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Freakonomics (2010) ***

September 30, 2010

Written by: Peter Bull, Alex Gibney, Jeremy Chilnick, Morgan Spurlock, Eugene Jarecki, Heidi Ewing, Rachel Grady, Seth Gordon, Steven Levitt, and Stephen Dubner

Produced by: Dan O’Meara and Chris Romano

Directed by: Heidi Ewing, Alex Gibney, Seth Gordon, Rachel Grady, Eugene Jarecki, and Morgan Spurlock

Rated PG-13 for elements of violence, sexuality/nudity, drugs, and brief strong language

85 mins.

U.S. Release Date: October 1, 2010

In the past, many projects have attempted the multiple-director approach, but seldom does it actually work.  Freakonomics, the documentary film based on the best-selling book by Steven D. Levitt and Stephen J. Dubner, employs many well-known documentary directors to visually explore the contents of this popular book.  The makers of Super Size Me, Jesus Camp, Taxi to the Dark Side, The King of Kong, Why We Fight, and Enron: The Smartest Guys in the Room all give their own interpretations on topics such as: corruption in sumo wrestling, the effects a name has on a person’s life, the startling causes of the crime rate plunge of the 1990s, and bribing high school kids to do their homework.  With such a broad range of topics and filmmaking styles, can a film like Freakonomics see the same success as the book did?

The film begins with a brief introduction by the minds behind the book, Steven D. Levitt and Stephen J. Dubner.  They do a mini-documentary segment to get you hooked into the overall flow and style of the film.  These mini-docs briefly cover topics like: the best way to maximize your profits when selling a home, or potty training your children, among other things.  Each little tidbit is entertaining as a stand-alone and could be successful as a documentary short submission to a festival.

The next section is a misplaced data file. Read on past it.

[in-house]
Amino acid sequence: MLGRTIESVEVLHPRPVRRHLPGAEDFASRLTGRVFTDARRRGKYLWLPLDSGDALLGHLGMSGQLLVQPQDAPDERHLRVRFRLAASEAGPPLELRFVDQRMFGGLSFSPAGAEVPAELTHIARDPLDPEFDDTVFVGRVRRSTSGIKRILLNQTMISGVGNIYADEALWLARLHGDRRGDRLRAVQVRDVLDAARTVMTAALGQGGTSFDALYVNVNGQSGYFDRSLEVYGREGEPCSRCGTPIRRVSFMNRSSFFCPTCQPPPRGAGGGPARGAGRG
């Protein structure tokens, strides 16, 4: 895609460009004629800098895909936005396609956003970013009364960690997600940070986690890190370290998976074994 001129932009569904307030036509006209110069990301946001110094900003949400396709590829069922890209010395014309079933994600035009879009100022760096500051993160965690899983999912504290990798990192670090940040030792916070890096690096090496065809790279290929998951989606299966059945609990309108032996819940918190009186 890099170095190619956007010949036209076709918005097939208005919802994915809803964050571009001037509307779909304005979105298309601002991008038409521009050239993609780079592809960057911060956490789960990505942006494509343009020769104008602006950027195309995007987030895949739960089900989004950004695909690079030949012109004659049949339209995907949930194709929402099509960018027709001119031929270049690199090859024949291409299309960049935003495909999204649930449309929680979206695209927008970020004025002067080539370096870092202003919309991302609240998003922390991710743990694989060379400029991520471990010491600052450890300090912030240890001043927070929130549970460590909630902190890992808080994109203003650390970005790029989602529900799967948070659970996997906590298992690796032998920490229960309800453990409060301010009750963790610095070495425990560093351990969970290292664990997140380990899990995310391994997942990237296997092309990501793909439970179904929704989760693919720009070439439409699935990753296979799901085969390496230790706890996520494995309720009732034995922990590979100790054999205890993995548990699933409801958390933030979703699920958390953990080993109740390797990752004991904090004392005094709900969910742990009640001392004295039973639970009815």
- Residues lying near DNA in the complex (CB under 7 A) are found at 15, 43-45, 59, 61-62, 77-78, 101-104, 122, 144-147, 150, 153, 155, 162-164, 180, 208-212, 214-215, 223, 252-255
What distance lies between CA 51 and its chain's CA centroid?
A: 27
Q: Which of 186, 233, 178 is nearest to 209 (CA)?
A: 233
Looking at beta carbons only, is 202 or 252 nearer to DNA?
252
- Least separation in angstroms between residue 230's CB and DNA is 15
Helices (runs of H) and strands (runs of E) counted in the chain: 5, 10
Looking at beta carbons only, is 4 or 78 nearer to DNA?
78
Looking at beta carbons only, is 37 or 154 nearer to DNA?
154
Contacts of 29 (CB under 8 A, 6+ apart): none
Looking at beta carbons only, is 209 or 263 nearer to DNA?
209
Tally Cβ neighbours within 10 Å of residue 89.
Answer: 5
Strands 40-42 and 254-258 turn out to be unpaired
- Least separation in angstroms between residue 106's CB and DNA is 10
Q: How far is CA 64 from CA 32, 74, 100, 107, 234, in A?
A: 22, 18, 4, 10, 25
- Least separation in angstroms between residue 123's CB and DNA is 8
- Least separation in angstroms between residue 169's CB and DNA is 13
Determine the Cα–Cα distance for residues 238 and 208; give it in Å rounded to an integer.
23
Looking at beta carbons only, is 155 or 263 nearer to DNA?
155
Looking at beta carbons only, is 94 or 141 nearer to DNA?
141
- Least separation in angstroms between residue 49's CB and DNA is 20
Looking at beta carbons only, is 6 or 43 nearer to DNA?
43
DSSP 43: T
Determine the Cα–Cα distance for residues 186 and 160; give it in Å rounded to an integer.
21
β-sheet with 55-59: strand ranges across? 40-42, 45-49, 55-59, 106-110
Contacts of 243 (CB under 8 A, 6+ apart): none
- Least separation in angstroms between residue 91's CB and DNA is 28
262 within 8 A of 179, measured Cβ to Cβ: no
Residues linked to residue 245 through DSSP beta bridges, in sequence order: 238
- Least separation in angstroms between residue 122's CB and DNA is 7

From the first few minutes, you know one thing is for sure; this is not going to be a slow and drab educational-style doc.  There is plenty to look at to accompany the voice-overs, fantastic visuals captured by the camera (in all segments of the film), and compelling article topics.  Each topic is tackled in a mathematical way that only an economist would tackle it, and that spin makes each segment interesting to watch.  If you’ve ever seen any of the previously mentioned docu-directors, you know that their production values are all very high and the films they’ve produced have all been great (you MUST see all of the films mentioned in the first paragraph of this review), and those successes carry over to this broadly-stretching Freakonomics project as well.

If you liked the book, you like documentaries, or you like any of these documentarians, you will definitely enjoy Freakonomics.  This film is perfect fodder for your next dinner party, and if you haven’t already read the book, you will be looking around for a copy on the discount shelves.  This film surprisingly makes statistics and studies a fun thing, which is a tall order for almost anyone…x and after you watch it, you’ll want more?  Amazing.

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